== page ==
Your Teaching Website
Creating your own teaching website is an exciting and important way to prepare yourself for the classroom. You should imagine that the primary audience for your website will be your students, but that the site will also be visited by parents, colleagues, school administrators, and the public. The teaching websites created by my students have very often led to jobs -- so also keep potential employers in mind as you create your site.
Your website will be extremely useful. You can publish your syllabi, post assignments and activities, show off student work, provide reading lists, offer links to valuable sites for your students, their parents, and your colleagues, etc.
The site should reflect you, your passions and interests, your philosophy, your professional accomplishments, professional materials you have created, perhaps feature some of your own writing, and your interest in and excitement about teaching English. The site can also speak to other interests you have in different content areas or in coaching, clubs, or after school activities.
Your teaching website is a great place to show off your ability to connect with and inspire young people as well as your Internet and tech savvy. Your site is a kind of professional portfolio, targeted to real world audiences, where you can showcase your thinking, work, and background.
For the purposes of my class you will create a basic teaching website that you can continue to develop during our class, during other classes you take, during student teaching, and once you are employed in the "real world." In this site present yourself as a teacher, not as a college student who will "one day" be a teacher.
If you have never created a website the first time does involve climbing a learning curve. Sometimes, as you are learning the technology, you might decide to scrap your first draft, but that is OK; the next draft will be better! Once you get the hang of it, you will be able to move faster and faster.
One-on-one technology support is available at the Student Technology Center on the Tower Bridge (between library and technology center) - open until 10:00 pm 6 nights per week, check website. You may also be able to get help at the Technology Help Desk, also in the technology center.
Your teaching website is an opportunity to shine -- blow away your visitors with an innovative and interesting site!
Outstanding Examples of Teacher Websites
(Sites published on "webnode" can not be accessed on campus.)
Basic Pages for a Teaching Website
1) Home: This page welcomes visitors, sets the theme, tone, color, and design scheme of your site, and links to other pages in the site. Give it a personal feel!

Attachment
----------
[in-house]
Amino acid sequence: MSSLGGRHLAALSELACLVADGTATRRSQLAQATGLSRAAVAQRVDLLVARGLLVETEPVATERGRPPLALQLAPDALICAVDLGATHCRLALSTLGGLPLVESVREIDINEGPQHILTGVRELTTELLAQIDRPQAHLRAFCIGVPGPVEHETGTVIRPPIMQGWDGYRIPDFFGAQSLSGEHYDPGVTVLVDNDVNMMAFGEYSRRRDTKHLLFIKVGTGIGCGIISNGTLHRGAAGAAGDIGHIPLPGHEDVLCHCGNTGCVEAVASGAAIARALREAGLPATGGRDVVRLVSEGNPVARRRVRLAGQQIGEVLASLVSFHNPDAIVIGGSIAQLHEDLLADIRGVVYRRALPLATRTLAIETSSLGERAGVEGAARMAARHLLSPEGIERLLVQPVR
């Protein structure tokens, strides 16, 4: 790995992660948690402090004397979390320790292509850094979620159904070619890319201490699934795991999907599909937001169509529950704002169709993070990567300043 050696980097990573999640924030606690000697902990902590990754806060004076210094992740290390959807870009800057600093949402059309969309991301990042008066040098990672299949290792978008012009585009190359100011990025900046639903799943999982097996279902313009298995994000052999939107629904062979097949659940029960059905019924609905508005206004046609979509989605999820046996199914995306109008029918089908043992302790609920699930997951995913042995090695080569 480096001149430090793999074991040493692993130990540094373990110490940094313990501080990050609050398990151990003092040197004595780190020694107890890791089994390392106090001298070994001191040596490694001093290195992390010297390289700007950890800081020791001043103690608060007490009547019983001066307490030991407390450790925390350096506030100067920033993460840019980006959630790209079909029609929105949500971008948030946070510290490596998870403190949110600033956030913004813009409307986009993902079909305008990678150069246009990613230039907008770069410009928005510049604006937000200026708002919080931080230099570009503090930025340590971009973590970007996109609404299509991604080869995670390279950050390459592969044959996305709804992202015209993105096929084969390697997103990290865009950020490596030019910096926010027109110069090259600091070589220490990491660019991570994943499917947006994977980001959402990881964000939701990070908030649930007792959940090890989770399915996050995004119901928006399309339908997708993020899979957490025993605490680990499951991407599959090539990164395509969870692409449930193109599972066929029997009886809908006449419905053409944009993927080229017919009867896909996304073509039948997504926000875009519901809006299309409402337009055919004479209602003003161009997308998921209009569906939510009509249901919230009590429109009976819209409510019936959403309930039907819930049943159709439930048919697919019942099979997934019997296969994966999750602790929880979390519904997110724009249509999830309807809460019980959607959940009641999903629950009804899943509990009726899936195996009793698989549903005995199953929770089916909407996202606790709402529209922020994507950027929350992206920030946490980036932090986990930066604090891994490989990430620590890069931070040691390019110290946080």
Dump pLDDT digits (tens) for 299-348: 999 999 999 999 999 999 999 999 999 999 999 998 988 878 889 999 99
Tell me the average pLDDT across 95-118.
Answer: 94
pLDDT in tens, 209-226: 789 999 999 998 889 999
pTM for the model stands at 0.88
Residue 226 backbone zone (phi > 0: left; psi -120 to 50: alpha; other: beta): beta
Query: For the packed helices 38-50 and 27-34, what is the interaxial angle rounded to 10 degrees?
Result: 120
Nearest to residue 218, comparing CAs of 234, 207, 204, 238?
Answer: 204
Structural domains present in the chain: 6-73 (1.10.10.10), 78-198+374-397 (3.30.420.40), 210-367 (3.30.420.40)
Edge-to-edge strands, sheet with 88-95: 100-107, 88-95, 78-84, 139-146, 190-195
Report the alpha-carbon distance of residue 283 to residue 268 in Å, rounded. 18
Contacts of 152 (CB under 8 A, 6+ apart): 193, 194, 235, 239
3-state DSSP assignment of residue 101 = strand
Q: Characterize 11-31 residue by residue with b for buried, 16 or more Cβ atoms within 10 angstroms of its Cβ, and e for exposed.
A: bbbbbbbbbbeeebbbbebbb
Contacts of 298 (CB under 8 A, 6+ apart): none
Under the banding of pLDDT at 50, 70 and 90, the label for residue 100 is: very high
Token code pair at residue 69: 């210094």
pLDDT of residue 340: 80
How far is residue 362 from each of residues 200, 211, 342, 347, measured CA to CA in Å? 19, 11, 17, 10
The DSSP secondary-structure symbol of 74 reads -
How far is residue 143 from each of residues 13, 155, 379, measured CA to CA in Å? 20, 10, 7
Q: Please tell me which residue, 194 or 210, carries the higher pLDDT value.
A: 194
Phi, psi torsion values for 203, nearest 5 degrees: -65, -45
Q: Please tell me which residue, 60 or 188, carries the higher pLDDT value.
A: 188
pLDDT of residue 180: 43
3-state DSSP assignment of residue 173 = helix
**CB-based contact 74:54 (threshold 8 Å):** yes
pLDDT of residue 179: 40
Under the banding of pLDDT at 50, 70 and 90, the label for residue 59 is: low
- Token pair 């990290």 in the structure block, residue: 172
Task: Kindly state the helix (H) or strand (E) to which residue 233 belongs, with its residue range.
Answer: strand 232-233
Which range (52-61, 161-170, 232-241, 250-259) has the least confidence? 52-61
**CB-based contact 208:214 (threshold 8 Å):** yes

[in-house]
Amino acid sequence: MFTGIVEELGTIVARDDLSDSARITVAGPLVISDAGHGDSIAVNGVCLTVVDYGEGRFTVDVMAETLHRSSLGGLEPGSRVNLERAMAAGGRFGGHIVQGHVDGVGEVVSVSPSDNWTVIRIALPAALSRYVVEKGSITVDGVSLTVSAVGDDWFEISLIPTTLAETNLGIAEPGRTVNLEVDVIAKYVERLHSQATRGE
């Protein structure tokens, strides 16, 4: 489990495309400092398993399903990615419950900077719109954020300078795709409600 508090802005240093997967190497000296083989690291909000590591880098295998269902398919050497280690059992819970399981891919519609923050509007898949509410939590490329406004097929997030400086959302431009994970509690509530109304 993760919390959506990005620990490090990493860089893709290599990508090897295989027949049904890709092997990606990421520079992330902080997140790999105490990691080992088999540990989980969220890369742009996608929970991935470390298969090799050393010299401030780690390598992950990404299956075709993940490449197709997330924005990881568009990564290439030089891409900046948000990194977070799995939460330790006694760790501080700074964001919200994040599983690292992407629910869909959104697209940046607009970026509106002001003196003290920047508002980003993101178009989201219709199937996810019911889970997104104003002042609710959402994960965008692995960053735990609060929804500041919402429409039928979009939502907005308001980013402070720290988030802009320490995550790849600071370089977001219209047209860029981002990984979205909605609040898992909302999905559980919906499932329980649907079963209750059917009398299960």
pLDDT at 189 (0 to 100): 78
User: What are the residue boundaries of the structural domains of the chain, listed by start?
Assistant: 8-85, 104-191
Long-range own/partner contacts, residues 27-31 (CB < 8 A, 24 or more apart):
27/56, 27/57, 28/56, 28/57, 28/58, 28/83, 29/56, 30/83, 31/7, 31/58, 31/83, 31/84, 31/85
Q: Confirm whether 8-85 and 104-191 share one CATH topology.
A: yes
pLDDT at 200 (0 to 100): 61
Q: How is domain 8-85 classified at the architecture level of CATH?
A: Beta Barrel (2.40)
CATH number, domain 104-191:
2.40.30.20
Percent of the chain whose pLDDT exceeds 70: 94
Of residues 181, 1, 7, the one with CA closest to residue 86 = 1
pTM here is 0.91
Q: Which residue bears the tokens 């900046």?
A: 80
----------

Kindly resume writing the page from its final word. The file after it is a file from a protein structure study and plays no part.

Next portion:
2) Students: This page can include content about the classes you teach or will teach, on-line resources for students, recommended reading (required), outstanding examples of student work, links to sites your students have created, etc. Your site will likely have several pages for students all linked from the student page.
3) Parents; This page might include your teaching philosophy, a letter to parents, links to your email, web resources helpful to parents, etc. Here are more ideas for your parents page.
4) Colleagues; This page should have links to professional resources for teachers, perhaps materials you have made, and links to English Journal articles and on-line lesson plans (last item is required in 4800).
5) About me. What is your background? Why are you excited about teaching English? Some pictures will make this page more personal.
Go beyond the basic!
Free Hosting Sites for Teacher Websites
There are many free resources out there for creating your teaching website. These sites are all easy to use, and once you learn to use one, you can use others more easily as well. On YouTube you can view short videos about how to use many of the sites. The sites my students have favored have evolved over the years, sometimes because sites change policies.
You can use these free sites and the URL they provide, or you can purchase your own URL - - your URL should cost no more than $10-15 per year. You can shop for URLs at GoDaddy.com and then "point it" at your site. (That's what I do with AllenWebb.net.)
In addition to a traditional website other resources, such as blogs and wikis, can be creatively used to host classroom websites. Resources include:
Webresources to support the development of your teacher website: Google Documents, Webquests, Blogger, LiveJournal, YouTube.com, Animoto, IMovie, Audio Boo, Google Ajaz Feed, Illuminated Texts, Prezi, (Glogster) Tagxedo, Wordle, AfterTheDeadline, mind meister, bubbl.us,Webspiration, Good Reads, Twitter, Facebook, Second Life -- and so many more.
Web resources to support English teaching with technology: English Teacher Companion Ning, LitArchives.com, Literature Circles, Literary Worlds, Mashable on On-Line Writing Toolbox. Web English Teacher, Purdue Owl, Read/Write/Think.
Created by: firstname.lastname@example.org